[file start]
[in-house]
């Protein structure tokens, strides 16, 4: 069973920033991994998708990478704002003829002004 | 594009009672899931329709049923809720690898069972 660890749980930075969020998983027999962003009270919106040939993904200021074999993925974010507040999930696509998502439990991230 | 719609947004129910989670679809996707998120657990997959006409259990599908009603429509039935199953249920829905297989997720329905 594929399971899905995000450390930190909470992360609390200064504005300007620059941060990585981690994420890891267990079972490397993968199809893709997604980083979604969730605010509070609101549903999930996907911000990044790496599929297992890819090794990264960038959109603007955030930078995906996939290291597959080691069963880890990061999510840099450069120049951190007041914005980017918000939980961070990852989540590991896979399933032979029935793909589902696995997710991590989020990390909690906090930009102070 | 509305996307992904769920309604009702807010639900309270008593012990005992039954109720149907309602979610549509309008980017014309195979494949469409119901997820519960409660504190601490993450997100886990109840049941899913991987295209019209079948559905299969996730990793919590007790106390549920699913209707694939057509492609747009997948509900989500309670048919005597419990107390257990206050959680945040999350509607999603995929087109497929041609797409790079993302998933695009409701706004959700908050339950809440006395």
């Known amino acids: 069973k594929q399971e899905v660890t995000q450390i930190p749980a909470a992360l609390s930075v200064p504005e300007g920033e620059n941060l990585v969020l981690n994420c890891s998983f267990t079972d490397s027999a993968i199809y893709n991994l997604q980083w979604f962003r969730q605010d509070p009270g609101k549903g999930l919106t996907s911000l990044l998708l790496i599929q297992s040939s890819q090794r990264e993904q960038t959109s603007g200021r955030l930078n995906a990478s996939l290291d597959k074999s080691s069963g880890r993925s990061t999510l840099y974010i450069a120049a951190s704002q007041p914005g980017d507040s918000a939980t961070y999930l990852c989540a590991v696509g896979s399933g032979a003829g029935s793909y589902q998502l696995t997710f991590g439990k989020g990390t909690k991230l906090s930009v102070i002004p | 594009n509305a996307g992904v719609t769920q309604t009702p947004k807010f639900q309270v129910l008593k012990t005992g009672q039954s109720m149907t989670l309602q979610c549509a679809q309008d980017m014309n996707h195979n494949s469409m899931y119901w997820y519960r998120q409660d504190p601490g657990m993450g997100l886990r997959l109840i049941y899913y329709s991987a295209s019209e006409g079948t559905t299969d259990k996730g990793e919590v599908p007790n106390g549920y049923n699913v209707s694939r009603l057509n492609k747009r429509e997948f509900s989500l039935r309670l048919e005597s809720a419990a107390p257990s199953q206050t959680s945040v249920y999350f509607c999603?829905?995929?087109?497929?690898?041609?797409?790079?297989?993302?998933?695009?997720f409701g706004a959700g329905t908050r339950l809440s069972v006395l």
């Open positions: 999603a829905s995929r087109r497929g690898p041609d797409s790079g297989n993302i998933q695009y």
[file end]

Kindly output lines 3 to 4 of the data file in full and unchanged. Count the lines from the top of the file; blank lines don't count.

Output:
């Known amino acids: 069973k594929q399971e899905v660890t995000q450390i930190p749980a909470a992360l609390s930075v200064p504005e300007g920033e620059n941060l990585v969020l981690n994420c890891s998983f267990t079972d490397s027999a993968i199809y893709n991994l997604q980083w979604f962003r969730q605010d509070p009270g609101k549903g999930l919106t996907s911000l990044l998708l790496i599929q297992s040939s890819q090794r990264e993904q960038t959109s603007g200021r955030l930078n995906a990478s996939l290291d597959k074999s080691s069963g880890r993925s990061t999510l840099y974010i450069a120049a951190s704002q007041p914005g980017d507040s918000a939980t961070y999930l990852c989540a590991v696509g896979s399933g032979a003829g029935s793909y589902q998502l696995t997710f991590g439990k989020g990390t909690k991230l906090s930009v102070i002004p | 594009n509305a996307g992904v719609t769920q309604t009702p947004k807010f639900q309270v129910l008593k012990t005992g009672q039954s109720m149907t989670l309602q979610c549509a679809q309008d980017m014309n996707h195979n494949s469409m899931y119901w997820y519960r998120q409660d504190p601490g657990m993450g997100l886990r997959l109840i049941y899913y329709s991987a295209s019209e006409g079948t559905t299969d259990k996730g990793e919590v599908p007790n106390g549920y049923n699913v209707s694939r009603l057509n492609k747009r429509e997948f509900s989500l039935r309670l048919e005597s809720a419990a107390p257990s199953q206050t959680s945040v249920y999350f509607c999603?829905?995929?087109?497929?690898?041609?797409?790079?297989?993302?998933?695009?997720f409701g706004a959700g329905t908050r339950l809440s069972v006395l």
């Open positions: 999603a829905s995929r087109r497929g690898p041609d797409s790079g297989n993302i998933q695009y």